How to Clean a Bread Machine
At first, you may feel rather fazed by the various parts of the machine, but cleaning a bread maker is not as difficult as it may at first seem.
Here's How to Clean a Bread Machine
- 1Make sure that the bread machine is completely cool before you start.
- 2Turn the bread maker on its side and carefully sweep out all crumbs inside it using a small basting brush or paintbrush. Do NOT use water here.
- 3If you have moist dough on the lid or on the sides of the machine, wait till it's totally dried out before you try to remove it. Then gently pick off the pieces of dough. If you find it difficult to remove them, use a slightly damp cloth. First moisten the cloth with dish-washing soap and warm water and squeeze it out. Then gently wipe off the dough.
- 4You might want to put the removable parts of your bread machine into your dishwasher, but don't automatically assume that they are safe in the dishwasher. Read the bread machine manual carefully first to find out, as some are not dishwasher-safe at all.
- 5If liquid spills inside the bread machine, use a damp cloth to wipe it out very gently. DON'T flood it with water, as that's really no good for your bread machine.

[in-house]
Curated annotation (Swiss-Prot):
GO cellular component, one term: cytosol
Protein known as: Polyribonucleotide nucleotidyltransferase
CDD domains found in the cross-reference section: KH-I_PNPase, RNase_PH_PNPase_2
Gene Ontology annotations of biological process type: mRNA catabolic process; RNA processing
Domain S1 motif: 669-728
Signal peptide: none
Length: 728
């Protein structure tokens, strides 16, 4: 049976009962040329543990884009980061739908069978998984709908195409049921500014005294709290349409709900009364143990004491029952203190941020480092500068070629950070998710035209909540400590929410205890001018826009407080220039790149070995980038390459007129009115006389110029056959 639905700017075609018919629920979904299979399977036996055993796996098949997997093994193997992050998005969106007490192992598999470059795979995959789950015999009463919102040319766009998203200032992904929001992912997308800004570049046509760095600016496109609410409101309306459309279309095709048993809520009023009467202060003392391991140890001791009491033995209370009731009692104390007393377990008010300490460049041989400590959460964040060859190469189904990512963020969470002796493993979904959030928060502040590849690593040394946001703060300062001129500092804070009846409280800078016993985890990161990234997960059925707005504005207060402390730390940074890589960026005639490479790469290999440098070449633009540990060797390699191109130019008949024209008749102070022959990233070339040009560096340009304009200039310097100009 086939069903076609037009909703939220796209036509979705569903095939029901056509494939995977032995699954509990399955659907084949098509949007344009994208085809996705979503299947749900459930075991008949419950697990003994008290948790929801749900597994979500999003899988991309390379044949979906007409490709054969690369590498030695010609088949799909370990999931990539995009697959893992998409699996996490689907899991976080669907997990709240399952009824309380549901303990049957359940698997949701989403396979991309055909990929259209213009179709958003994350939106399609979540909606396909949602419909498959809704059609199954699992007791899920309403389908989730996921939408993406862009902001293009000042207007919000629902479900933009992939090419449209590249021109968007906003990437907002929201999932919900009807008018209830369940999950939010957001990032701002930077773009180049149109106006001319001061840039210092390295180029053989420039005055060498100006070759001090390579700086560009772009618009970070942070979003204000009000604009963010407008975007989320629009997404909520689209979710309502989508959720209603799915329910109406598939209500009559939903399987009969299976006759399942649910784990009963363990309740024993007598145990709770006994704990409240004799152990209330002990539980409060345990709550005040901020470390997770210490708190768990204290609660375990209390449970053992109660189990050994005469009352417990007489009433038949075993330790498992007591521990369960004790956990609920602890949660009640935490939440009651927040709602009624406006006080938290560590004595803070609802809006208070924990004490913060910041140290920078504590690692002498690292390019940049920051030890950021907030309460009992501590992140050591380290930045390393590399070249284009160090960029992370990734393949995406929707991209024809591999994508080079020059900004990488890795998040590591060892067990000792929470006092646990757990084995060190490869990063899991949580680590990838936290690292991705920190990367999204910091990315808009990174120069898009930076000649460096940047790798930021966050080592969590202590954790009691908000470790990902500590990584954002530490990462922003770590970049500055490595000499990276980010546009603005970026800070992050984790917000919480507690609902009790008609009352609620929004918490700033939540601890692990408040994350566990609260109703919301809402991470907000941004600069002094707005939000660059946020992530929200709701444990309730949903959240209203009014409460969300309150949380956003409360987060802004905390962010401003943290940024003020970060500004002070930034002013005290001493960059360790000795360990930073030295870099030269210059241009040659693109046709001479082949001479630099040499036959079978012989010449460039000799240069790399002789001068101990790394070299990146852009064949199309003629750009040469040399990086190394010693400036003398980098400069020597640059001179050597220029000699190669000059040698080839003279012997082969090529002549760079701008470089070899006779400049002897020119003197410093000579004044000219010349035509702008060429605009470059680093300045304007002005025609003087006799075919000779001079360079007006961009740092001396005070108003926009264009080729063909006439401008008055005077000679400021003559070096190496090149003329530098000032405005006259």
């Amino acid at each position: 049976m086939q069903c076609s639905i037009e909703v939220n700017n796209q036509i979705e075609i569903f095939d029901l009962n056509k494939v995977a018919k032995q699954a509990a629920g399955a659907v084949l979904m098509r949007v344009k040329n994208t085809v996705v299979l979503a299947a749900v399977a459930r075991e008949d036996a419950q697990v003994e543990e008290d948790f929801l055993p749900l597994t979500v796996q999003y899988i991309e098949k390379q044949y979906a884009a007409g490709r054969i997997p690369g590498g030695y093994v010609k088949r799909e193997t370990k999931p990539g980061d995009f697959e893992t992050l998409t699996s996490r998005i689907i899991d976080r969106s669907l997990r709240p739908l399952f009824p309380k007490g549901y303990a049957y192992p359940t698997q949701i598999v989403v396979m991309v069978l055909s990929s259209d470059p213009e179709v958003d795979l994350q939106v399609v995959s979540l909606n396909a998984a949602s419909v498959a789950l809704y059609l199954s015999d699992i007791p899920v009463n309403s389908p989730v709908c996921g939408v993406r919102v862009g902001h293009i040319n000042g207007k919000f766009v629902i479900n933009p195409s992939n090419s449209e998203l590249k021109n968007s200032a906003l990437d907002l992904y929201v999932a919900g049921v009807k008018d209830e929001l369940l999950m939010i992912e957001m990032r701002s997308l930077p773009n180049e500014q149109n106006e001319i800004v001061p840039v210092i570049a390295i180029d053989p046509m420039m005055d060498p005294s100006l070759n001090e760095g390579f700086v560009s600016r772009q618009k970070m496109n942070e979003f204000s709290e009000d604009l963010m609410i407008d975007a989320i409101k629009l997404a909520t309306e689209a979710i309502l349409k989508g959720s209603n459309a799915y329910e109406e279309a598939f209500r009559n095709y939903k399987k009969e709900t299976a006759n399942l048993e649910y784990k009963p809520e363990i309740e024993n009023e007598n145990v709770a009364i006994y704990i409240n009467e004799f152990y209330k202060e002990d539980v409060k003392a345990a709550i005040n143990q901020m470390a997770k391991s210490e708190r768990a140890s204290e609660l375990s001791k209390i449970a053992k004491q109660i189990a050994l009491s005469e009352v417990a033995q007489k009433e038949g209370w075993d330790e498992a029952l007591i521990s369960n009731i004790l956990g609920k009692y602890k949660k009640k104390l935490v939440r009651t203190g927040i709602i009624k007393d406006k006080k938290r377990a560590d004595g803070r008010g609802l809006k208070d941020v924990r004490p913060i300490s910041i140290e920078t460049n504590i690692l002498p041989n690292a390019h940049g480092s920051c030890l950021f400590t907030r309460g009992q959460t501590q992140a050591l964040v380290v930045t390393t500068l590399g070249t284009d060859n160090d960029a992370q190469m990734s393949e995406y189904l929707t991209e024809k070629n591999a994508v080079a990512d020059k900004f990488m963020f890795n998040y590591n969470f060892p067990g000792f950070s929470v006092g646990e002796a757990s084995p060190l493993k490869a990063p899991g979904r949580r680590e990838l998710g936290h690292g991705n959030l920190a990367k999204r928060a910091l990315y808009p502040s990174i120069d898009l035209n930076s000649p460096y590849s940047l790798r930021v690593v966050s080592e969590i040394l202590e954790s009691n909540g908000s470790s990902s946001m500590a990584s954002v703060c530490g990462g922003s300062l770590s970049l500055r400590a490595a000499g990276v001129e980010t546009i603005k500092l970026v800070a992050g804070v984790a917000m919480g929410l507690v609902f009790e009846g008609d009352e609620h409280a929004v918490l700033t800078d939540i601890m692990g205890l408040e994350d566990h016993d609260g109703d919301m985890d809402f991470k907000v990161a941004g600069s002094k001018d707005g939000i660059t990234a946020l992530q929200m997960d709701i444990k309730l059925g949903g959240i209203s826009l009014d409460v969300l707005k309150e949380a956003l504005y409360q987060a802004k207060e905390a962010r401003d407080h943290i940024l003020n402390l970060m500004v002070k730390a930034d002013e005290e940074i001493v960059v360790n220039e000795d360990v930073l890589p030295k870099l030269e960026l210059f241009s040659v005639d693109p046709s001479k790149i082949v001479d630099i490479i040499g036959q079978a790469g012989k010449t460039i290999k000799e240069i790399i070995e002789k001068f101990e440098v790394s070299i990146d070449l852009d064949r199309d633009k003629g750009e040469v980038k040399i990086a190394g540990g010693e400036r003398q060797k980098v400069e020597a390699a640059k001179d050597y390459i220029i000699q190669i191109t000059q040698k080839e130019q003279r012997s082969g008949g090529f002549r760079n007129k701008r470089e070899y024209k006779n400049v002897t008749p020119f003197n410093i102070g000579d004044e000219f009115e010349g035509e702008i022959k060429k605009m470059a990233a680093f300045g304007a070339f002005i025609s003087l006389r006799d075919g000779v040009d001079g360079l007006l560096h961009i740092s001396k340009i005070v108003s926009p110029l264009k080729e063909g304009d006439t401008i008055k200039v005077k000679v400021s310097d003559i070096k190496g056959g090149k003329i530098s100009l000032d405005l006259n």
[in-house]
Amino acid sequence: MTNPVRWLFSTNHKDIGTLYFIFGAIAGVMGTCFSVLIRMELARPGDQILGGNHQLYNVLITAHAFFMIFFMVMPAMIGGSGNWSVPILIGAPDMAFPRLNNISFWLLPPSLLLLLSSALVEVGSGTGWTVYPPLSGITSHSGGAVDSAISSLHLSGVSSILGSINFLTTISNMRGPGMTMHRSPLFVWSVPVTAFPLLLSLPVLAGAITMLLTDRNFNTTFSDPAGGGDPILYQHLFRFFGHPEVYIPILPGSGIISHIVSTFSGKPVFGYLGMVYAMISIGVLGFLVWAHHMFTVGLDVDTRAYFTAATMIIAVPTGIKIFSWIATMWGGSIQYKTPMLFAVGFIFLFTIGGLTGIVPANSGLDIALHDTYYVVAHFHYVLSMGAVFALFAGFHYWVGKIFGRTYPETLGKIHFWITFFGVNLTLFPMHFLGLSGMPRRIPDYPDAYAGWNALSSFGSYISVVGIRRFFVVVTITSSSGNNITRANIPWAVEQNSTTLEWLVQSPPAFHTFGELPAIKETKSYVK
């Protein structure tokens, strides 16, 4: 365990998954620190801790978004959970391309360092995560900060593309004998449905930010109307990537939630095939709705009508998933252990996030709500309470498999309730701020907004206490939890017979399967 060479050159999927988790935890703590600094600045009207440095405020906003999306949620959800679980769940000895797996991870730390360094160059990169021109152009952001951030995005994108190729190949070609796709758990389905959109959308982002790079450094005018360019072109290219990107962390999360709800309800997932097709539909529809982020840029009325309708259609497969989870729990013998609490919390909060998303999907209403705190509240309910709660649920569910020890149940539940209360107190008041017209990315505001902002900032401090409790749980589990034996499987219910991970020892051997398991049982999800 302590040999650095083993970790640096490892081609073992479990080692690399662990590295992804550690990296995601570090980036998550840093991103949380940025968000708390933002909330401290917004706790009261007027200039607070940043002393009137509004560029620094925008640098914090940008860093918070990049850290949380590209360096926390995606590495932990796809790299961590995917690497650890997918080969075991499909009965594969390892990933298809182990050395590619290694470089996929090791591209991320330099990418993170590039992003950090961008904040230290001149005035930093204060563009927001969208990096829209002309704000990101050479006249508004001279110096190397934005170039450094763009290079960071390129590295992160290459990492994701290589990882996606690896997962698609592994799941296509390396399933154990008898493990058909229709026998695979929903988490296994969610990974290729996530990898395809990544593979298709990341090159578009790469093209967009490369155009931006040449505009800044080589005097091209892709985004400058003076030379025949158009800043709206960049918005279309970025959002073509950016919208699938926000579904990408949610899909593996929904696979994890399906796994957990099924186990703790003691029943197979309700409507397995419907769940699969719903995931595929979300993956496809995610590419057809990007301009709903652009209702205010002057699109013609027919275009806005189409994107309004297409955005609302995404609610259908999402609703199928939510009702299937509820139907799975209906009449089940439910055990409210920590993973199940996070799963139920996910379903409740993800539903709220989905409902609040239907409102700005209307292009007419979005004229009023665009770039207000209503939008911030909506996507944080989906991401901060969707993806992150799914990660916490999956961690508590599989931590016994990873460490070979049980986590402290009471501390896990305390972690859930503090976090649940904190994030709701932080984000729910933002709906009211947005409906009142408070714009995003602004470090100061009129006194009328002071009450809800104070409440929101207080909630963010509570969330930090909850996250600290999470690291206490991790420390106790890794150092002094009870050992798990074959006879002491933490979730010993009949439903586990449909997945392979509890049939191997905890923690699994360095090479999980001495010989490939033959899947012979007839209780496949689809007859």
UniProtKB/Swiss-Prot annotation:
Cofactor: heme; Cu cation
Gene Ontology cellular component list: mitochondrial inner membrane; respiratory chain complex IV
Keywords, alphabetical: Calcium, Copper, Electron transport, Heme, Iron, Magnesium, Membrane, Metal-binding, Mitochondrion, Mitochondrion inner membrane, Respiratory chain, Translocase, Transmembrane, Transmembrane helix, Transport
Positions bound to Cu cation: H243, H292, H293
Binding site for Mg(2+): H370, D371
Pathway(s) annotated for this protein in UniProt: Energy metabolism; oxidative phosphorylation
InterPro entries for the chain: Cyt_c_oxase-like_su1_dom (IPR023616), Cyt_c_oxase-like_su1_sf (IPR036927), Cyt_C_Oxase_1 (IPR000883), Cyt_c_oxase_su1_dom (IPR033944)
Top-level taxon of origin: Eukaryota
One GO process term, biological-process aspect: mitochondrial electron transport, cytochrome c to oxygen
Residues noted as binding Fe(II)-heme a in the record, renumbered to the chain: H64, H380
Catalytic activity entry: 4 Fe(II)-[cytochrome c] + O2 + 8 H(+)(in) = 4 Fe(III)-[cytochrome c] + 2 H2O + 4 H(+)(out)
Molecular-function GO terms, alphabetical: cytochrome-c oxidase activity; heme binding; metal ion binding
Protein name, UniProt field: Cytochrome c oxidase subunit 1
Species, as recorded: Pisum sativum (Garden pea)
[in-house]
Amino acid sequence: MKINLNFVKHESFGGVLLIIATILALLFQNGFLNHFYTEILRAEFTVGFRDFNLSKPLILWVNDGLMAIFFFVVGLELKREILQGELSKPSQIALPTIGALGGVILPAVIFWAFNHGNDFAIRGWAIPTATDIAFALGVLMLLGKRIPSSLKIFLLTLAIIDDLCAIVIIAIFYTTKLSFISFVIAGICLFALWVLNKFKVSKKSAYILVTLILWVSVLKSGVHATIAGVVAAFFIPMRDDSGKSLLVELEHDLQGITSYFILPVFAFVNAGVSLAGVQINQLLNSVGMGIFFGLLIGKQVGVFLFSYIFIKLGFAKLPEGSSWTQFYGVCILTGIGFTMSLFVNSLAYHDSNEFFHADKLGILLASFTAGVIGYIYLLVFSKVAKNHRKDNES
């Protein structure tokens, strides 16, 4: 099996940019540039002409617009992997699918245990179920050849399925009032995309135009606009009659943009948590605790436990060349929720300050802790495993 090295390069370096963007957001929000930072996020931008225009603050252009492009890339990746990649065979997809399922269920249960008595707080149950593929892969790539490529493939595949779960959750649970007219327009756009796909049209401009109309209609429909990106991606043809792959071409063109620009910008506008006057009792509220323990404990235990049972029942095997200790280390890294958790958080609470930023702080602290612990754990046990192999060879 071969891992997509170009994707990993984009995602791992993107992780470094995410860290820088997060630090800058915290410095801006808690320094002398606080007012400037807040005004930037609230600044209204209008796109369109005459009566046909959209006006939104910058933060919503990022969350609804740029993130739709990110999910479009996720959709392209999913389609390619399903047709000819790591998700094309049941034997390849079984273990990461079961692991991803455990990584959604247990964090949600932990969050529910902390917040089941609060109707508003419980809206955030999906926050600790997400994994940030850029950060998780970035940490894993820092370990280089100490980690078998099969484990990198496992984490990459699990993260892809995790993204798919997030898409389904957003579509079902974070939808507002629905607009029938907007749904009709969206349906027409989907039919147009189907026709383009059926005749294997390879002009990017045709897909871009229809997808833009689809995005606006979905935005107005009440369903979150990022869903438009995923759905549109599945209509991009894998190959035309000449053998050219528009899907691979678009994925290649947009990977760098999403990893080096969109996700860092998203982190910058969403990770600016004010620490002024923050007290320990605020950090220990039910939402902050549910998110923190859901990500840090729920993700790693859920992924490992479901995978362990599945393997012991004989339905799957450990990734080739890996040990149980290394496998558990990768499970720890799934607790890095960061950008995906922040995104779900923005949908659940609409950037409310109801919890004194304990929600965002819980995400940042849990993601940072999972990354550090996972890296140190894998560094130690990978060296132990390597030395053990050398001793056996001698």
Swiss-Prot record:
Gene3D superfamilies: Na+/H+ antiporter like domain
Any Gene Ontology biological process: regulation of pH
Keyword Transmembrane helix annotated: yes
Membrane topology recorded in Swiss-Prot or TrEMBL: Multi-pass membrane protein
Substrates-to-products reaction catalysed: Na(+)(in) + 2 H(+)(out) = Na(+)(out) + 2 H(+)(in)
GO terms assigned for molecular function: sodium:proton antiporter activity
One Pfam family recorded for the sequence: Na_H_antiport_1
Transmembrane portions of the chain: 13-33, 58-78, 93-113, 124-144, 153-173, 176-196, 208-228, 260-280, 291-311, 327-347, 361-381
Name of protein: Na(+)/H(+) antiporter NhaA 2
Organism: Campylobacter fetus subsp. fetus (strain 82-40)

- 6What happens if the heating element gets dirty? Don't use detergent, as the heating element is very fragile and this could damage it. Simply wipe it down gently and carefully with a damp microfiber cloth or sponge.
- 7Clean the bread pan and dough hook with a sponge and soft cloth, with soapy water. In spite of the non-stick coating of the bread pan, sometimes a loaf may stick to the bottom. In that case, don't scrape off the remnants with steel wool or brush, or similarly abrasive agents, as this can ruin the nonstick surface, causing it to rust. Simply soak the pan in boiling soapy water and leave it to soak for half an hour. Then you can gently wipe it clean.
- 8Leave all the parts of the bread machine to air dry.
Here's a Few Points to Remember
Cleaning your bread machine doesn't have to be a complicated task. Remember to do it when the machine has cooled down, but not too long afterwards, otherwise the crumbs and dried out dough will become harder to remove.
Never use abrasive chemicals or steel brushes, as this could cause damage, and never submerge the whole bread machine in water.
Don't Forget to Oil the Bread Maker Post
Another important part of maintaining your bread machine is oiling the kneading post.
Depending on how often you use the machine, you should do this around every six months, otherwise the constant spinning and exposure to humidity will affect its functioning. This also doesn't have to be too difficult.
The best materials to use are 3-in1 oil or sewing machine oil. Don't use WD-40 as it's poisonous, and cooking oil or mineral oil can get gummy and ruin the seals.
Make sure to oil the outside of the pan, and not the inside, as sewing machine oil and 3-in-1 oil are also not for human consumption. Be careful to use rubber gloves and to wash your hands afterwards.